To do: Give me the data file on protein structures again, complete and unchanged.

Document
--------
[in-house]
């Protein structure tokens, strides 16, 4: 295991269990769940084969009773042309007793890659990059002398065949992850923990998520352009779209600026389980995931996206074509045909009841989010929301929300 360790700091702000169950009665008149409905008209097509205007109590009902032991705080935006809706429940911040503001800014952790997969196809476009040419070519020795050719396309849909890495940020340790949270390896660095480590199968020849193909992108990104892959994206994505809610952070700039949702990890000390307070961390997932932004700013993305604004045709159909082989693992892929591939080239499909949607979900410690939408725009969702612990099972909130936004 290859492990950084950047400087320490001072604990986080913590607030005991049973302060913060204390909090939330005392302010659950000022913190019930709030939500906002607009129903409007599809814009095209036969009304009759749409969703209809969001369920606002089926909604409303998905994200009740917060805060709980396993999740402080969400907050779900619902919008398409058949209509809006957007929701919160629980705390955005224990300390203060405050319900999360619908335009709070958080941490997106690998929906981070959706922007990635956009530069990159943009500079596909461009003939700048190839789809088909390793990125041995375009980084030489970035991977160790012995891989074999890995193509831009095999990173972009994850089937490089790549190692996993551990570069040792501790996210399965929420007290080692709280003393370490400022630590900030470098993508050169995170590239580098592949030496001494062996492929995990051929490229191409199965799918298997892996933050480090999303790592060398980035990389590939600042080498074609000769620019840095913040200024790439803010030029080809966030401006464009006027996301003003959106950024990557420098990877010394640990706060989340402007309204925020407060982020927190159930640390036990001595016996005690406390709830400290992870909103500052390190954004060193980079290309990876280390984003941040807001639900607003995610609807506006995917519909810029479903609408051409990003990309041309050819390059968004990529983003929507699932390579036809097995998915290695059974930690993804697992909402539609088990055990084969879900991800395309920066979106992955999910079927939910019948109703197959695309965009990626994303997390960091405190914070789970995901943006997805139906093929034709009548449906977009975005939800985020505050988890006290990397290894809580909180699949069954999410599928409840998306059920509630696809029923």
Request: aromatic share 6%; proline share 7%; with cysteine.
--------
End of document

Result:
[in-house]
């Protein structure tokens, strides 16, 4: 295991269990769940084969009773042309007793890659990059002398065949992850923990998520352009779209600026389980995931996206074509045909009841989010929301929300 360790700091702000169950009665008149409905008209097509205007109590009902032991705080935006809706429940911040503001800014952790997969196809476009040419070519020795050719396309849909890495940020340790949270390896660095480590199968020849193909992108990104892959994206994505809610952070700039949702990890000390307070961390997932932004700013993305604004045709159909082989693992892929591939080239499909949607979900410690939408725009969702612990099972909130936004 290859492990950084950047400087320490001072604990986080913590607030005991049973302060913060204390909090939330005392302010659950000022913190019930709030939500906002607009129903409007599809814009095209036969009304009759749409969703209809969001369920606002089926909604409303998905994200009740917060805060709980396993999740402080969400907050779900619902919008398409058949209509809006957007929701919160629980705390955005224990300390203060405050319900999360619908335009709070958080941490997106690998929906981070959706922007990635956009530069990159943009500079596909461009003939700048190839789809088909390793990125041995375009980084030489970035991977160790012995891989074999890995193509831009095999990173972009994850089937490089790549190692996993551990570069040792501790996210399965929420007290080692709280003393370490400022630590900030470098993508050169995170590239580098592949030496001494062996492929995990051929490229191409199965799918298997892996933050480090999303790592060398980035990389590939600042080498074609000769620019840095913040200024790439803010030029080809966030401006464009006027996301003003959106950024990557420098990877010394640990706060989340402007309204925020407060982020927190159930640390036990001595016996005690406390709830400290992870909103500052390190954004060193980079290309990876280390984003941040807001639900607003995610609807506006995917519909810029479903609408051409990003990309041309050819390059968004990529983003929507699932390579036809097995998915290695059974930690993804697992909402539609088990055990084969879900991800395309920066979106992955999910079927939910019948109703197959695309965009990626994303997390960091405190914070789970995901943006997805139906093929034709009548449906977009975005939800985020505050988890006290990397290894809580909180699949069954999410599928409840998306059920509630696809029923």
Request: aromatic share 6%; proline share 7%; with cysteine.